Safety Tips Construction Ergonomics Hand tools Injury prevention Power tools Warehouse safety Workplace exposure

5 tips to reduce repetitive stress injuries

Photo: photovs/iStockphoto

Construction workers: Do you often perform the same task at work over and over again? Do you experience pain afterward? What starts as a minor ache or pain can quickly turn into a more serious condition – a repetitive stress injury.

“Returning to the same task without time to recover can damage nerves, tendons, muscles, ligaments and joints,” the Texas Department of Insurance says. “Injuries could include shoulder and low back strain, carpal tunnel syndrome, and tendonitis.”

The department offers these five tips to help workers reduce the risk of RSIs:

  1. Use hand tools the right way. Make sure you’re using the right tool for the task. It needs to fit your hand and be lightweight, and you need to keep your wrist straight when using it. The handle should also extend past your palm.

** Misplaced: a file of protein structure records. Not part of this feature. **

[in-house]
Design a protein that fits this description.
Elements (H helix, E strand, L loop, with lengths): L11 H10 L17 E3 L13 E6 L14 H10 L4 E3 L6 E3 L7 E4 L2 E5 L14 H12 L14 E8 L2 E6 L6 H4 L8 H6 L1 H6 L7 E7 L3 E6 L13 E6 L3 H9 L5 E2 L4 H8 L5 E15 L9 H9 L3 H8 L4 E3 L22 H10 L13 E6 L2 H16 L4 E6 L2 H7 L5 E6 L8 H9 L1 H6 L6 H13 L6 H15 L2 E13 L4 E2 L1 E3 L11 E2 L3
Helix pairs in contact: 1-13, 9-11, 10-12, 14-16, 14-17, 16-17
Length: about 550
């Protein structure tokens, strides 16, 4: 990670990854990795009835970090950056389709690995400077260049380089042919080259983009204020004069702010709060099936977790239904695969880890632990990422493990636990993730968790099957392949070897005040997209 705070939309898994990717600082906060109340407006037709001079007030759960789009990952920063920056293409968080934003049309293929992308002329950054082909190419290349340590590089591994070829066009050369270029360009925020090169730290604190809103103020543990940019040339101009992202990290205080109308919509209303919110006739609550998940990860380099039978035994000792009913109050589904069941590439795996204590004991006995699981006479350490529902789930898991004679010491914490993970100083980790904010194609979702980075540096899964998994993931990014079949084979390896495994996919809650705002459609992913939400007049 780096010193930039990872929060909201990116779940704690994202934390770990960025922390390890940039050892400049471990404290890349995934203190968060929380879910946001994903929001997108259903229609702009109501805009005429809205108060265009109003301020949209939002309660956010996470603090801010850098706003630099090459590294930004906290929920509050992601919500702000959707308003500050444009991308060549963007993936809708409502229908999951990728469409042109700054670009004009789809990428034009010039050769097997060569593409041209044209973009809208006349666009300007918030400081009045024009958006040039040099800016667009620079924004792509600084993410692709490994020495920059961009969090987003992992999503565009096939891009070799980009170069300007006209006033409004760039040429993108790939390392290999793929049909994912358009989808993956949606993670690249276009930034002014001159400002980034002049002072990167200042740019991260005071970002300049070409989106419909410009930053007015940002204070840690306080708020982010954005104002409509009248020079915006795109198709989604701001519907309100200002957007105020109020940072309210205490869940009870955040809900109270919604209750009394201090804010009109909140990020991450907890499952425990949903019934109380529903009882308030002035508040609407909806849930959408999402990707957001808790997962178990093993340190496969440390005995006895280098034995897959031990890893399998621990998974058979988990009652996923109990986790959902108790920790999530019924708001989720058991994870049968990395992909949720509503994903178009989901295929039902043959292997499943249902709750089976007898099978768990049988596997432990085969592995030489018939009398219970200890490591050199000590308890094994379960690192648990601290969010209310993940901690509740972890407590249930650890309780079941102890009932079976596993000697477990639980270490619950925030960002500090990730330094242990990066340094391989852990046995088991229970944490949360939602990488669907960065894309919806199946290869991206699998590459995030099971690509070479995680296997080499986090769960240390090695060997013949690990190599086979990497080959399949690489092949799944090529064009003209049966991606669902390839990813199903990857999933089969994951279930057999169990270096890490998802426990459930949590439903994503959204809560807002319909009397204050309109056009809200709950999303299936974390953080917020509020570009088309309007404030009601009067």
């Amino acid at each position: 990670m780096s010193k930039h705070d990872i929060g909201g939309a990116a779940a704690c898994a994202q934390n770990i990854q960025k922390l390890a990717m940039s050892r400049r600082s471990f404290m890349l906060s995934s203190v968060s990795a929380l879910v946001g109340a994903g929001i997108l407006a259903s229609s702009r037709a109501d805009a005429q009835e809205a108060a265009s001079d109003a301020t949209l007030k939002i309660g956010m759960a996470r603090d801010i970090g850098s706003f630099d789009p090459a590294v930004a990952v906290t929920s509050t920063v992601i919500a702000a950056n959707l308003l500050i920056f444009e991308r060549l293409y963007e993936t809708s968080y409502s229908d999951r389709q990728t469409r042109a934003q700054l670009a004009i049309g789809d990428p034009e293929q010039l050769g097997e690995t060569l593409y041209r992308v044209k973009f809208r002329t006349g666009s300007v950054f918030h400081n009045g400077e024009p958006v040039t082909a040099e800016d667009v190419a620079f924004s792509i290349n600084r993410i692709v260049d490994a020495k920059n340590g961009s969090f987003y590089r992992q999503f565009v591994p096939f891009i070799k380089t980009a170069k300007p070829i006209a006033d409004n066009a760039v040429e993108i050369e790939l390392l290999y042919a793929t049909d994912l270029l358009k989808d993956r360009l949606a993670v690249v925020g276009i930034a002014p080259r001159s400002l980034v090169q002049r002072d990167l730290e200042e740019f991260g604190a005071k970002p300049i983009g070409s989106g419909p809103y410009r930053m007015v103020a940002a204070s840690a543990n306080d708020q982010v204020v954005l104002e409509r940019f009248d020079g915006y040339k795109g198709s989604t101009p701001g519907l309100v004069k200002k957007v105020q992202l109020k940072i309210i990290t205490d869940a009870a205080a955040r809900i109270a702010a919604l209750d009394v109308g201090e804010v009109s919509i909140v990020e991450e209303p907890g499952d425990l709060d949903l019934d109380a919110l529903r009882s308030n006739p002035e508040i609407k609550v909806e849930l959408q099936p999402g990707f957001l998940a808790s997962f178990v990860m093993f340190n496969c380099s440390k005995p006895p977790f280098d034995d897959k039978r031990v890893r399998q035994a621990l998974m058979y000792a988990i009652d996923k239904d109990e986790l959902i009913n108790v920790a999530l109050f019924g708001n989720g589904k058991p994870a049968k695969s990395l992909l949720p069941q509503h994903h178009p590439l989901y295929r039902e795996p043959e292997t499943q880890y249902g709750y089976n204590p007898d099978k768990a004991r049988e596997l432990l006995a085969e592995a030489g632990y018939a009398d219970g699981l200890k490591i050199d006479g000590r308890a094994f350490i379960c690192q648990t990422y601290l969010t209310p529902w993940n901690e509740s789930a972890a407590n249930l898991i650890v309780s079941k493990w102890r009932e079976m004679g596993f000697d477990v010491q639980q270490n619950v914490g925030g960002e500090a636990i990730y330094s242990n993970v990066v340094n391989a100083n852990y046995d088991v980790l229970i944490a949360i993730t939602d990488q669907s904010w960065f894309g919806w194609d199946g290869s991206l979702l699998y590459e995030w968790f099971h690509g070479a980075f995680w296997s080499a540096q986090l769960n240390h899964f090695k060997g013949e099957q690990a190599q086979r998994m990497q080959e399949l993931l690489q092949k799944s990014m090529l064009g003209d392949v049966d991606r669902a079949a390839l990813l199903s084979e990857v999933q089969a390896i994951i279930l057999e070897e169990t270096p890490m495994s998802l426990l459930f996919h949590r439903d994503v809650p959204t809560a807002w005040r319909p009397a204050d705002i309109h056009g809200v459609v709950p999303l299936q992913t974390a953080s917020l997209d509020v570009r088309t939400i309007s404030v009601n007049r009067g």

2. Protect your back. To start, don’t lift more than 50 pounds. Then, avoid working in awkward postures, and don’t twist when lifting. Instead, use a cart, dolly or forklift, or ask someone to help you.
  3. Avoid overexertion when laying bricks. “Bricklayers and masons have the highest rates of back and overexertion injuries in the construction industry,” the insurance department says. Reduce the risk by using half-size pallets, two-person lifts, H-blocks and mortar silos.
  4. Reduce the stress of overhead drilling. “Overhead and inverted drill presses, some mounted on tripod bases with telescoping poles, allow the upper arms to remain below the shoulder for more comfortable drilling.”
  5. Reduce exposure to vibration. Vibrations can interfere with your body supplying blood to your fingers, arms and toes. You should always wear gloves or anti-vibration wraps when using vibrating equipment, make sure heavy equipment has padding, and take regular breaks.

Post a comment to this article

Safety+Health welcomes comments that promote respectful dialogue. Please stay on topic. Comments that contain personal attacks, profanity or abusive language – or those aggressively promoting products or services – will be removed. We reserve the right to determine which comments violate our comment policy. (Anonymous comments are welcome; merely skip the “name” field in the comment box. An email address is required but will not be included with your comment.)